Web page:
SeaWorld Entertainment (NYSE:SEAS) is in the early stages of a turnaround, and it's turning to its larger rivals for inspiration. The theme park operator is shaking up its boardroom, and it's turning to former executives at Disney (NYSE:DIS) and Comcast's (NASDAQ:CMCSA) (UNKNOWN:CMCSK.DL) Universal Studios to expand its brain power.
Former SeaWorld CEO Jim Atchison is stepping down from the company's board. His spot is being filled by Ron Benison, who as the former chairman and CEO of MCA/Universal Studios Recreation Group oversaw Universal Studios Hollywood and Universal Studios Florida. He currently heads up House of Blues Entertainment.
Benison will be joined on the board by Donald Robinson later this year when Blackstone's Joe Baratta retires from the board following the 2016 annual meeting. SeaWorld is nominating Robinson to fill the position. He served as Executive Vice President of Hong Kong Disneyland. It's been one of Disney's least successful theme parks, but a little Disney and Comcast infused into the SeaWorld boardroom can only help at this point.
SeaWorld is starting to show signs of life, but it still has a long way to go before getting back to where it used to be. After suffering back-to-back years of 4% attendance declines, turnstile clicks rose 0.3% in 2015. It's welcome stability at SeaWorld, but it still means that attendance is roughly 8% below where it was in 2012.
Attendance peaked in 2012, and revenue peaked at $1.46 billion in 2013. The same can't be said for Disney and Comcast, which continue to post record results for their theme park divisions. Disney and Comcast compete directly with SeaWorld in the markets of its largest parks in Central Florida and Southern California.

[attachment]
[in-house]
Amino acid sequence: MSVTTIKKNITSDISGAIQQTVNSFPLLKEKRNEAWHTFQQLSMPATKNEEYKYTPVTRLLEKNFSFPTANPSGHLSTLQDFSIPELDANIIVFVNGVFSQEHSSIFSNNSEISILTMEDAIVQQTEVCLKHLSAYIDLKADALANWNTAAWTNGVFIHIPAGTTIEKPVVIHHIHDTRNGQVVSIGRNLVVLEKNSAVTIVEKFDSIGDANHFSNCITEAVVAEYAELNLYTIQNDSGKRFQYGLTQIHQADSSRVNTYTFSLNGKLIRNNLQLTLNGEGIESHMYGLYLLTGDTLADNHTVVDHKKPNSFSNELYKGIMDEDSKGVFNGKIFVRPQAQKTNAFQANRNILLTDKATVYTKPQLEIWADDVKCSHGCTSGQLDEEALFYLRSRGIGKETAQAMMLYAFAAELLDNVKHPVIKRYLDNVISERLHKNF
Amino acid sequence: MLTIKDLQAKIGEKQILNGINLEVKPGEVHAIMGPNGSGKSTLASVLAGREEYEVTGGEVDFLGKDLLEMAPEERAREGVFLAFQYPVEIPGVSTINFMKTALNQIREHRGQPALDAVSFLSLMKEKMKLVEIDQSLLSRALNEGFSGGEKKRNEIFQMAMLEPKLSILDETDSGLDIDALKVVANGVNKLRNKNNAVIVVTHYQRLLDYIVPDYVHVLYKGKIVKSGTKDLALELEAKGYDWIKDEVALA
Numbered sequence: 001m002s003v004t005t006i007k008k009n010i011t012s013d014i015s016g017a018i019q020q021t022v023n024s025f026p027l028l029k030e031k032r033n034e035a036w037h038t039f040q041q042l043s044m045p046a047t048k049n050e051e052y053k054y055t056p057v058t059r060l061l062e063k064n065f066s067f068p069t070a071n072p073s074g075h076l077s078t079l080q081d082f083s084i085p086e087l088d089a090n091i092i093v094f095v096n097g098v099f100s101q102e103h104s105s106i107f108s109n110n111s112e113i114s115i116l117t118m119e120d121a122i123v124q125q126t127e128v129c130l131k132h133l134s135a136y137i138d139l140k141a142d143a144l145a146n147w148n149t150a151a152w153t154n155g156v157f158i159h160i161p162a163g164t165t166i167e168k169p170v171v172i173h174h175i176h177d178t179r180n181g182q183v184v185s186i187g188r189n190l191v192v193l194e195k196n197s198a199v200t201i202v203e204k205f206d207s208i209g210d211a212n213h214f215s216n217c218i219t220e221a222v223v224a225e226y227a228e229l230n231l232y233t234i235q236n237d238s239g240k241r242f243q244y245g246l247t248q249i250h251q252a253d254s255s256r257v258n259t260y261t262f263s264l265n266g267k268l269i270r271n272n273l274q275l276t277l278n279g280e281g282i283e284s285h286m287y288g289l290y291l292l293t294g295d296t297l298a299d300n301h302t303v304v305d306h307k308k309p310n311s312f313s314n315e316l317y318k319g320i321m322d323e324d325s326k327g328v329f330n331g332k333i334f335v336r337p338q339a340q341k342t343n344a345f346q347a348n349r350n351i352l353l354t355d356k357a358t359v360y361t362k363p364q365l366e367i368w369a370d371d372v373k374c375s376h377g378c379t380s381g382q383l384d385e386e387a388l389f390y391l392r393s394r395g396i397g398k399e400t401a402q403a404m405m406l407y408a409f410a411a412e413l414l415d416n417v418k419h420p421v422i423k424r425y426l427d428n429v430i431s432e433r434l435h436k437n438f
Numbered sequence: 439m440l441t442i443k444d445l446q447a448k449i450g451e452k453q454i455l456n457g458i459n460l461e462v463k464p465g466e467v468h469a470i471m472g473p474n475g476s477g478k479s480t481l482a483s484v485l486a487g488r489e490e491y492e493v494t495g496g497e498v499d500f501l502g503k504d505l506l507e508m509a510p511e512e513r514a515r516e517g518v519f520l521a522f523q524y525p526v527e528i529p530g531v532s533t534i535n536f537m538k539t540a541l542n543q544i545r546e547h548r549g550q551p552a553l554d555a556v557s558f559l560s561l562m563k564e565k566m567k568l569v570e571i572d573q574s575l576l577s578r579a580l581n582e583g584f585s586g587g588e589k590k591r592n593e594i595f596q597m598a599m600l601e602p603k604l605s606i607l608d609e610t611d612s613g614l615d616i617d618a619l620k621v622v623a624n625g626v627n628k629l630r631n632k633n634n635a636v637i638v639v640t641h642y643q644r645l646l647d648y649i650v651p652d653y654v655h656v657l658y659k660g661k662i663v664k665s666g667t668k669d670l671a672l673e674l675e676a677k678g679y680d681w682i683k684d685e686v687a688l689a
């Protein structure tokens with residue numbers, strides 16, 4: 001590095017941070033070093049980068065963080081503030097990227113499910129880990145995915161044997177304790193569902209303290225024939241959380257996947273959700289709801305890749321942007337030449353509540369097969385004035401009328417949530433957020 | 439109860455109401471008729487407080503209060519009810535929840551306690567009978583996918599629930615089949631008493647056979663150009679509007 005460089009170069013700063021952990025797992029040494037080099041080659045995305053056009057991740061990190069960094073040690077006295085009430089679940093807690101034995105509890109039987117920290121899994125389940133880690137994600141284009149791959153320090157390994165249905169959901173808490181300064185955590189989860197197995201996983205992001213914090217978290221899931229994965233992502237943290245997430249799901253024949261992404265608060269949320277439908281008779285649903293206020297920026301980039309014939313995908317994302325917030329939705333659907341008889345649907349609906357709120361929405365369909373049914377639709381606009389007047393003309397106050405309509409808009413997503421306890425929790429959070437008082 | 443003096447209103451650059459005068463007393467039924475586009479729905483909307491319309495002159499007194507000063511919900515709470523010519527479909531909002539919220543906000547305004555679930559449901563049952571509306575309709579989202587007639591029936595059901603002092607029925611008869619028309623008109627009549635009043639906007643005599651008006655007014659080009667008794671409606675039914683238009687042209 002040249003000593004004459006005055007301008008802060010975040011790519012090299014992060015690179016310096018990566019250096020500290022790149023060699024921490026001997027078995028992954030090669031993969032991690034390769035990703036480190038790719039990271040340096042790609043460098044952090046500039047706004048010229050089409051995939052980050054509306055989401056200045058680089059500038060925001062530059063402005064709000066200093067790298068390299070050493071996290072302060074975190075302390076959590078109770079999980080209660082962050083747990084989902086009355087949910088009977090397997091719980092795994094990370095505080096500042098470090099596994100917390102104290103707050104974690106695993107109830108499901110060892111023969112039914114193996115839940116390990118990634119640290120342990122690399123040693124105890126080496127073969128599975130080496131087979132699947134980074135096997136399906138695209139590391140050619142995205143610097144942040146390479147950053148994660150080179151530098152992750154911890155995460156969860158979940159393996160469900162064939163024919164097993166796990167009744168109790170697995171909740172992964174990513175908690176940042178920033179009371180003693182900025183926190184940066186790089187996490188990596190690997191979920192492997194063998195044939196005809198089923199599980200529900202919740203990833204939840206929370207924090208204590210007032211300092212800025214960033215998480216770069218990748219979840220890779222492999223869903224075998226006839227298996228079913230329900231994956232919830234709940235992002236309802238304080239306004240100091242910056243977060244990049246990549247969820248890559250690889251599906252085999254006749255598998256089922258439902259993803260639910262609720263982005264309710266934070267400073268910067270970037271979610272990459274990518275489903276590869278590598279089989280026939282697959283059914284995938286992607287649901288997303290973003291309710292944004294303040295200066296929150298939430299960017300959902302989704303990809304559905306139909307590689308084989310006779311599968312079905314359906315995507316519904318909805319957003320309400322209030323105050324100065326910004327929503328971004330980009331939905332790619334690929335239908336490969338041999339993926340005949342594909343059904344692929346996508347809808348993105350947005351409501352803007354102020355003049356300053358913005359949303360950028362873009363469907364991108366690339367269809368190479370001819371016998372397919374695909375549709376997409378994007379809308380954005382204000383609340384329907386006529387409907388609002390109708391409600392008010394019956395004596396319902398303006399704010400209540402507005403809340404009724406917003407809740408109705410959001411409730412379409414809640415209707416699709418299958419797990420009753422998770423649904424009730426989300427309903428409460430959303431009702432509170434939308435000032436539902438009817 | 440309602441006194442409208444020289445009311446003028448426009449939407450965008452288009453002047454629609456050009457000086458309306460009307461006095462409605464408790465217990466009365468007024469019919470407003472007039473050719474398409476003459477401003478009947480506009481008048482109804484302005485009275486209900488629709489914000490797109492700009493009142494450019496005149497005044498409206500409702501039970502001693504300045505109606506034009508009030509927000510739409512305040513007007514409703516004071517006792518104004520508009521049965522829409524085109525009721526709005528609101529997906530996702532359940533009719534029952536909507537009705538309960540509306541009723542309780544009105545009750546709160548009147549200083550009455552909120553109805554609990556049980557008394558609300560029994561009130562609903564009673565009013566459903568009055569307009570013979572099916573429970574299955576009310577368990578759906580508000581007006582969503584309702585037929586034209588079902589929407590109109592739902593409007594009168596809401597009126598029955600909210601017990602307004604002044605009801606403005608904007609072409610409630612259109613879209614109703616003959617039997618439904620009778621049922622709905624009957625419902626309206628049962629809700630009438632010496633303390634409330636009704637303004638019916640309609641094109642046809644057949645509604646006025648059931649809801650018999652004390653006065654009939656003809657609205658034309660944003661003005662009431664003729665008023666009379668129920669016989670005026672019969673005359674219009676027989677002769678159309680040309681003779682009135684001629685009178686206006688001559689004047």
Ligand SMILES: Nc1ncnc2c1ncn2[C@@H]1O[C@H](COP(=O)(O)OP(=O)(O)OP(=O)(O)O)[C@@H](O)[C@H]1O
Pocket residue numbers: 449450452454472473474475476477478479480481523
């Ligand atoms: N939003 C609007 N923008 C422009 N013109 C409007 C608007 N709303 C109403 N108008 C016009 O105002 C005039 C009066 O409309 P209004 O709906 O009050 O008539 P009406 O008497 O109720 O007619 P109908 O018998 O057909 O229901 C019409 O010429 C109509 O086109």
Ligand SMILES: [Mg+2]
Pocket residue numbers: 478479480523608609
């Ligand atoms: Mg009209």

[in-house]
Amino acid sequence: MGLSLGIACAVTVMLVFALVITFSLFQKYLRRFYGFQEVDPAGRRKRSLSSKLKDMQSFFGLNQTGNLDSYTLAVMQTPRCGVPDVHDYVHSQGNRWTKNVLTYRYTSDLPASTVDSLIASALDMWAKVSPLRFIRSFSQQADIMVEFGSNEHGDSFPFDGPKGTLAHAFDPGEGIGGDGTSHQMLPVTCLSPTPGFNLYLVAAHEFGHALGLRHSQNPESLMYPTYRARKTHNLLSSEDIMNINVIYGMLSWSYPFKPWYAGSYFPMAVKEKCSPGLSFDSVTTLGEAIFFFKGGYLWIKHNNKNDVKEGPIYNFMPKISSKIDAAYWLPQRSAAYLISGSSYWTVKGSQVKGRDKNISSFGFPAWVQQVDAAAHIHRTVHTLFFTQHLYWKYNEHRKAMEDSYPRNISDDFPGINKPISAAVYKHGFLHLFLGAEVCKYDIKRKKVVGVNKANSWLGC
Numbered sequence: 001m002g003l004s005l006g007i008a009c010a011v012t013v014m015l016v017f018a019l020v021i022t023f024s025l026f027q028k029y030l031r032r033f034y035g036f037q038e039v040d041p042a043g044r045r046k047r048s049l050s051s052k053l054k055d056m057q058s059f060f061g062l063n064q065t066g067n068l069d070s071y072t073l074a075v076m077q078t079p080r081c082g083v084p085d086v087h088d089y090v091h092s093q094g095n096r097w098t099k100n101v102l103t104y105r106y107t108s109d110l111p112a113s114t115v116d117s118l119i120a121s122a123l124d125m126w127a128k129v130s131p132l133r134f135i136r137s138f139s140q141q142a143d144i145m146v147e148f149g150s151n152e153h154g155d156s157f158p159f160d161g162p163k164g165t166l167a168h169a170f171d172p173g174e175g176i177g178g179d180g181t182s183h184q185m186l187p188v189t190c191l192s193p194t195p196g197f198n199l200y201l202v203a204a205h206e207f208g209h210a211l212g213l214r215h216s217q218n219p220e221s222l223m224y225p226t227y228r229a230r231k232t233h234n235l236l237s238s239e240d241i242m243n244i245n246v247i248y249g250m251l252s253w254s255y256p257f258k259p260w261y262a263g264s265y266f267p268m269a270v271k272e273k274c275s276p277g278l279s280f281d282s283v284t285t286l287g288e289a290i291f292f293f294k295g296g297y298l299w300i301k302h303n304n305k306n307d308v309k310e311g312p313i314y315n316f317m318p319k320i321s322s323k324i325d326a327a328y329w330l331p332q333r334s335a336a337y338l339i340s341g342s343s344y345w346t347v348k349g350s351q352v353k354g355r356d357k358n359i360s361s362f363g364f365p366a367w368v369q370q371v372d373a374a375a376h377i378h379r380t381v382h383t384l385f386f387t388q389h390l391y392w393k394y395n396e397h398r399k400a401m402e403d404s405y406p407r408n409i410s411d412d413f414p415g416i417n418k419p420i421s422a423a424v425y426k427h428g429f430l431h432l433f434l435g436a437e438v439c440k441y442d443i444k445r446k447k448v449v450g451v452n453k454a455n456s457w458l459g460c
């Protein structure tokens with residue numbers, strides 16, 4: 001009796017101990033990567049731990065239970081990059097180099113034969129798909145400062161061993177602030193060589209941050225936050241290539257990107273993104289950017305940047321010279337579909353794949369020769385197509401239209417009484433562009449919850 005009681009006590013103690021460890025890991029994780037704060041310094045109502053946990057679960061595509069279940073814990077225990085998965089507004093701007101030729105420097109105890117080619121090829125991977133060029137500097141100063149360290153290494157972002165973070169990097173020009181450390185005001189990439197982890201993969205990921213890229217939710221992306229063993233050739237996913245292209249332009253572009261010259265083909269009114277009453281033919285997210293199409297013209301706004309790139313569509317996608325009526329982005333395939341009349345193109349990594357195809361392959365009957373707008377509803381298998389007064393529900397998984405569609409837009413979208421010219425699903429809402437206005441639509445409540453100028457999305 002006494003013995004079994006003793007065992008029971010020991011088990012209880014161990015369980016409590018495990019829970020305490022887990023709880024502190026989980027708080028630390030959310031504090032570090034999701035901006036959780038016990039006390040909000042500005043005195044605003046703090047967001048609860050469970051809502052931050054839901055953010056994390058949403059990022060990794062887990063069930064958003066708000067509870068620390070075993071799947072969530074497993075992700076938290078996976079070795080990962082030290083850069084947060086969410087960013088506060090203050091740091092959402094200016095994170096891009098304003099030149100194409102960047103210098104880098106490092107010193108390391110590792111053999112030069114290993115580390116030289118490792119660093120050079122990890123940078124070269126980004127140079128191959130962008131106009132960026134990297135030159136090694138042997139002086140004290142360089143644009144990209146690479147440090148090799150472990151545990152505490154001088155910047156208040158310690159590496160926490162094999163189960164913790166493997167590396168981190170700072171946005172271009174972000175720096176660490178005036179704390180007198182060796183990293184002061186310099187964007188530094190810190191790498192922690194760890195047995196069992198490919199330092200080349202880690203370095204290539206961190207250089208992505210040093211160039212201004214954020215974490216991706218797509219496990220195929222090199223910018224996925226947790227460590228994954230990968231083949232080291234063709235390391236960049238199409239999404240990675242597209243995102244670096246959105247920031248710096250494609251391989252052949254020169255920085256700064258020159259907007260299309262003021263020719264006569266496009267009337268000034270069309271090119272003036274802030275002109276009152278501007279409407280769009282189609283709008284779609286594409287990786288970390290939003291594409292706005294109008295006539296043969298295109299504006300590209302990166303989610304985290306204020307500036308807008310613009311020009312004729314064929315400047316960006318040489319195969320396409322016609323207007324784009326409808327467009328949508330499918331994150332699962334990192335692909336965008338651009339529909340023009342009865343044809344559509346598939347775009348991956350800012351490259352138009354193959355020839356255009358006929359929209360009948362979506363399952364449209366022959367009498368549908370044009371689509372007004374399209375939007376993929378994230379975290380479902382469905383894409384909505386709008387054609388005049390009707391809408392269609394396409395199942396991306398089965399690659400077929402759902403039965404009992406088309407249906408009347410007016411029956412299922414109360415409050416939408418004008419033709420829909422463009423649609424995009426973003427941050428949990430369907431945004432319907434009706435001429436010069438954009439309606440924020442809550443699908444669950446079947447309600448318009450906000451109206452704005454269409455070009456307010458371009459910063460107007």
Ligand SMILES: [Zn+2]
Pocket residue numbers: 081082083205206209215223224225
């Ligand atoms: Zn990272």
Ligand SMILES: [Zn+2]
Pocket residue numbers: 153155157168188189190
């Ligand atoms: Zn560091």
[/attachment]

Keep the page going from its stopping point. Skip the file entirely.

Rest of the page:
It's clear that consumer backlash from 2013's scathing Blackfish documentary has burned SeaWorld. CEO Joel Manby -- who replaced Atchison last year -- finally threw in the towel, announcing an end to its active orca breeding program. The move silenced some of the critics, including the Humane Society of the United States.
With the killer whale shows being phased out in the near future and the orcas gone completely in the distant future SeaWorld is hoping that new rides and attractions will given visitors a reason to visit this summer.
SeaWorld stock moved higher last year, and that's the first time investors have seen that in the park operator's brief tenure as a public company. It remains a broken IPO since going public at $27 in 2013. However, with catalysts in place for a material uptick in attendance this year and a stock that is fairly undervalued even when compared to regional amusement park chains it wouldn't be a surprise if SeaWorld stock rises again in 2016. It's already trading 9% higher year to date. Now armed with some Disney and Comcast thinkers in its boardroom it's time for SeaWorld to realize its potential as a more conventional theme park operator without the controversial baggage.